It also empowers election vigilantes like True the Vote, who have been accused of voter intimidation, giving ample room to anyone who wants to challenge the voting credentials of their fellow citizen. It authorizes poll observers, expanding their range and authority, an expands the scope of who can examine registration records and challenge voters, and it allows voters to be challenged by any registered voter in their county without cause.
These measures are meant to prevent voter fraud, which is nonexistent in the state. Of the 6,947,317 ballots cast in the 2012 election, only 121 were referred to the North Carolina Board of Elections for fraud—an incidence rate of 0.00174 percent. Likewise, in the 2010 election, only 28 cases were reported out of 3.79 million ballots, a rate of 0.000739 percent.
And, as the icing on the cake, the law also makes room for independent groups to spend as much as they’d like in North Carolina elections, ending public financing programs, raising contribution limits, and eliminating disclosure requirements. It’s a wet kiss to powerful interests as well as an attack on voting.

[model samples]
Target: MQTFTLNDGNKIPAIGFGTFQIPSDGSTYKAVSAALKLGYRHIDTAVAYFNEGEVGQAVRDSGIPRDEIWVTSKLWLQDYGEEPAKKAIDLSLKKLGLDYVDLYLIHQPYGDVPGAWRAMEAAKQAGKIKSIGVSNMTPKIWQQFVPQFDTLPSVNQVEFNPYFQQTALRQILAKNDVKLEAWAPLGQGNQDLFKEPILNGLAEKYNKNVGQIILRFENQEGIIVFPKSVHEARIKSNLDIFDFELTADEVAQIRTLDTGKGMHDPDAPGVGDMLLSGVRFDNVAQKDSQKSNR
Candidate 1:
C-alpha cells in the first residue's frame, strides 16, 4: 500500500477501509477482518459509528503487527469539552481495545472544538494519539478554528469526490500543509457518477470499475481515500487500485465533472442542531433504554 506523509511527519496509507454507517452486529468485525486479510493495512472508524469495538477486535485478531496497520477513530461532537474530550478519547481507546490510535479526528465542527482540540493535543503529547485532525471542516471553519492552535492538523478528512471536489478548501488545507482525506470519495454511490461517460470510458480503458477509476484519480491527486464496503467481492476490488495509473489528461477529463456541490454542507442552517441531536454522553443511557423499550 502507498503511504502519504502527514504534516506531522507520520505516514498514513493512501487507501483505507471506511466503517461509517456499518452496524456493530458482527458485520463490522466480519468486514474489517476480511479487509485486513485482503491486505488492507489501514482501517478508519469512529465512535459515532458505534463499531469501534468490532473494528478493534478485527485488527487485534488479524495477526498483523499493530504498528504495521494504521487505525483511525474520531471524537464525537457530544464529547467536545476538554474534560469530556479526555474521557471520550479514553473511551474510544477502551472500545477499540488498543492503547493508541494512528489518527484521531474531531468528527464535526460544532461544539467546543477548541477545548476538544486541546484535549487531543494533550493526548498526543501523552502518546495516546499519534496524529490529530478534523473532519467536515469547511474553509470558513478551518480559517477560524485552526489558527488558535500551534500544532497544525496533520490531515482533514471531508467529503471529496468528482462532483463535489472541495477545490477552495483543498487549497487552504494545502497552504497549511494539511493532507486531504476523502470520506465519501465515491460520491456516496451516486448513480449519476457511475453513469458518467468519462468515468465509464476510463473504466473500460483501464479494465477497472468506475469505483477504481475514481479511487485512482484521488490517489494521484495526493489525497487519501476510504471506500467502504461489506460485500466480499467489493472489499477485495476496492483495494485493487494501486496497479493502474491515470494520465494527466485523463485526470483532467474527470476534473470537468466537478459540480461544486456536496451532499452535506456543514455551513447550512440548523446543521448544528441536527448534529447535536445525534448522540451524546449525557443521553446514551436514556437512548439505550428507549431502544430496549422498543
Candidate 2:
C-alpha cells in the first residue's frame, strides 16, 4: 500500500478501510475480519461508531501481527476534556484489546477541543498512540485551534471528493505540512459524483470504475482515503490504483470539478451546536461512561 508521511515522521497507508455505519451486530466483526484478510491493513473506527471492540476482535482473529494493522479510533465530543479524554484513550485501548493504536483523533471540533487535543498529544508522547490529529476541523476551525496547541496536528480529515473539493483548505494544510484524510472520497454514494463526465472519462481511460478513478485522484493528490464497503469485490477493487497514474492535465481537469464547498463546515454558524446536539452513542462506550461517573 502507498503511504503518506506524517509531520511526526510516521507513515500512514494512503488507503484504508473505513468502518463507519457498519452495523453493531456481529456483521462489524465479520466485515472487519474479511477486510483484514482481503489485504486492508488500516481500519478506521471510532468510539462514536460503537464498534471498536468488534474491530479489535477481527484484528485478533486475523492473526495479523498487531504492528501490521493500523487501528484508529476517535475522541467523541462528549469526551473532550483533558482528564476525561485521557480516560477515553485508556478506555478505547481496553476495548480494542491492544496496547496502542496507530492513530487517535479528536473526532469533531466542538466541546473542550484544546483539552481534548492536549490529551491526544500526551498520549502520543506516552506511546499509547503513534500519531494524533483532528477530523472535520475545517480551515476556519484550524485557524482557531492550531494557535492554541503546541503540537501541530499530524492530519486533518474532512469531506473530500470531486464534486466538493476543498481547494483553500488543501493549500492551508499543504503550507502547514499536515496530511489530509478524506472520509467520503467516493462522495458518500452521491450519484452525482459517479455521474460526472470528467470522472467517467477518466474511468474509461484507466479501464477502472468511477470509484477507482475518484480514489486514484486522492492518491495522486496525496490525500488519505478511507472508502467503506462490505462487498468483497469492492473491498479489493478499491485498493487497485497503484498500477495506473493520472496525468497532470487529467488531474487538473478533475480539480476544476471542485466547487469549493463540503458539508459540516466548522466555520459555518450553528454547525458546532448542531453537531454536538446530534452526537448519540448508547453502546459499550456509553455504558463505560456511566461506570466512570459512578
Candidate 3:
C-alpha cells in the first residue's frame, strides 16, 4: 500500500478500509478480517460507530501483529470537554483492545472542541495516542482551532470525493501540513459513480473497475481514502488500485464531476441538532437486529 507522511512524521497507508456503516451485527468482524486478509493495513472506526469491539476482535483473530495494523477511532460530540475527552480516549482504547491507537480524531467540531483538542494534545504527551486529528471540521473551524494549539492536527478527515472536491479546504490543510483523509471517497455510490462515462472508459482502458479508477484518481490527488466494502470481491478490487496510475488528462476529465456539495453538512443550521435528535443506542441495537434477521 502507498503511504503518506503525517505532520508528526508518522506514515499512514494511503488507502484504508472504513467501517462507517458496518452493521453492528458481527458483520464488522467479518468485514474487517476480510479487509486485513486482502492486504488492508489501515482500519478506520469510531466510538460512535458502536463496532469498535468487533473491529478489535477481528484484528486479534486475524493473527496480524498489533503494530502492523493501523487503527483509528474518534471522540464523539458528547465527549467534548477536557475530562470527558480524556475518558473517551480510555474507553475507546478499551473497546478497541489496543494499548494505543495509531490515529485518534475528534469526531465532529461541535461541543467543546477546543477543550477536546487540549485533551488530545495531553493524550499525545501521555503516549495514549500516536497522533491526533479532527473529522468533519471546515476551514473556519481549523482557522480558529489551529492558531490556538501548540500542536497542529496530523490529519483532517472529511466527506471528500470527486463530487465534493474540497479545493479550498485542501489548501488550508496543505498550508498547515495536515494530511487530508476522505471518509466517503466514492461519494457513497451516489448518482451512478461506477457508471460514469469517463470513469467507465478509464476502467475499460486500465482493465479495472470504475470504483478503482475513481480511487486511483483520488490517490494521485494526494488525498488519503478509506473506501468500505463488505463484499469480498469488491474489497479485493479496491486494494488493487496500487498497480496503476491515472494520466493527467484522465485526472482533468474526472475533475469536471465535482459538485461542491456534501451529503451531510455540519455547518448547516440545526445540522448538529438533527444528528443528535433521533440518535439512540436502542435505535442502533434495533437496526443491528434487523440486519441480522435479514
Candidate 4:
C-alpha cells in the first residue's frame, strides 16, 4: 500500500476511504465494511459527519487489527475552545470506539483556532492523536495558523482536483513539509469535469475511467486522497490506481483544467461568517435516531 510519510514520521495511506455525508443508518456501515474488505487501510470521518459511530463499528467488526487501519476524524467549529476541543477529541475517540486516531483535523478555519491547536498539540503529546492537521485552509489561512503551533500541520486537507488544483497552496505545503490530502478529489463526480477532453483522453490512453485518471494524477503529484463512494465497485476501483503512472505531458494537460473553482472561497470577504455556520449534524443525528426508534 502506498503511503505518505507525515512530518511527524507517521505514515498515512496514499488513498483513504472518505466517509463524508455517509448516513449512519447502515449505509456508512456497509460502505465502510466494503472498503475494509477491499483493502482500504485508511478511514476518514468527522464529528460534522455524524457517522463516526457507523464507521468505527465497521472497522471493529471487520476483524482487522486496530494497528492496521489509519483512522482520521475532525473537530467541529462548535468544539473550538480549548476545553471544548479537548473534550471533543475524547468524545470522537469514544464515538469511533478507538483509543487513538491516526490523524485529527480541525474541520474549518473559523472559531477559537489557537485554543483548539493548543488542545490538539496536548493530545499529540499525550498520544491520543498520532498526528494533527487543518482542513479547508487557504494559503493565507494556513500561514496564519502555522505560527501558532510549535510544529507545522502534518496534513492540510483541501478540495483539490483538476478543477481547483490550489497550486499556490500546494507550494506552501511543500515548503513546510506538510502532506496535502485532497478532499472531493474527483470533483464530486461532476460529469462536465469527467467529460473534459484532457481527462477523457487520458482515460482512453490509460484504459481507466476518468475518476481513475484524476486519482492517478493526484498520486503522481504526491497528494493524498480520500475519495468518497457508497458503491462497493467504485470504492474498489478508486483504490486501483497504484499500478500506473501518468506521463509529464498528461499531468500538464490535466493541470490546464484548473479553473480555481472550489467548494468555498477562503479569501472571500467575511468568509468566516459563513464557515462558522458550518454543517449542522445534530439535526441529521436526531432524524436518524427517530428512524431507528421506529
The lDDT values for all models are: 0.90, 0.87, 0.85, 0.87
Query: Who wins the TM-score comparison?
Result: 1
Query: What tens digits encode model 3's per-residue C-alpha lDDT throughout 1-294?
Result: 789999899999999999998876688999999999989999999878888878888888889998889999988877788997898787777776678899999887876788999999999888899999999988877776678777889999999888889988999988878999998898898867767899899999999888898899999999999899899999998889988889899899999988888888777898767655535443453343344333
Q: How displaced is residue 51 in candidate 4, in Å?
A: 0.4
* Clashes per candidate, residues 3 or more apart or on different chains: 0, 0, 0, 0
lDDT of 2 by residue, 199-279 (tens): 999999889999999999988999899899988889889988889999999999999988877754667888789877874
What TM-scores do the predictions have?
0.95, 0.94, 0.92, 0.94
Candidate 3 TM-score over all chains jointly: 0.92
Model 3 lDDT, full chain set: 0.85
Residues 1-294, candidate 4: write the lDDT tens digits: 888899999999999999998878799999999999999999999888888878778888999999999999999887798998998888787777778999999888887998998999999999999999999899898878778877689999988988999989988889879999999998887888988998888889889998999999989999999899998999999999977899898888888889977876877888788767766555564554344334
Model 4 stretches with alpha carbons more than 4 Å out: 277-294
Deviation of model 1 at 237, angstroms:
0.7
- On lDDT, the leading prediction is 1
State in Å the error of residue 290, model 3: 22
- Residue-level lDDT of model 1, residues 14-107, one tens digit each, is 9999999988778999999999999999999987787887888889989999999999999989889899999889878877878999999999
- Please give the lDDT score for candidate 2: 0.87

There’s no question that these proposals will result in long lines, unequal access, and unfair challenges, all of which will disproportionately affect blacks and other minorities. And while we can disagree over whether this counts as “suppression,” it’s clear that North Carolina Republicans have passed the most aggressively anti-voter law in the country, surpassing Texas in its gleeful attempts to rig the game. Indeed, under Section 4 of the Voting Rights Act, which required Southern states with a history of racial discrimination to pre-approve election laws with the Justice Department, this would have never passed federal muster.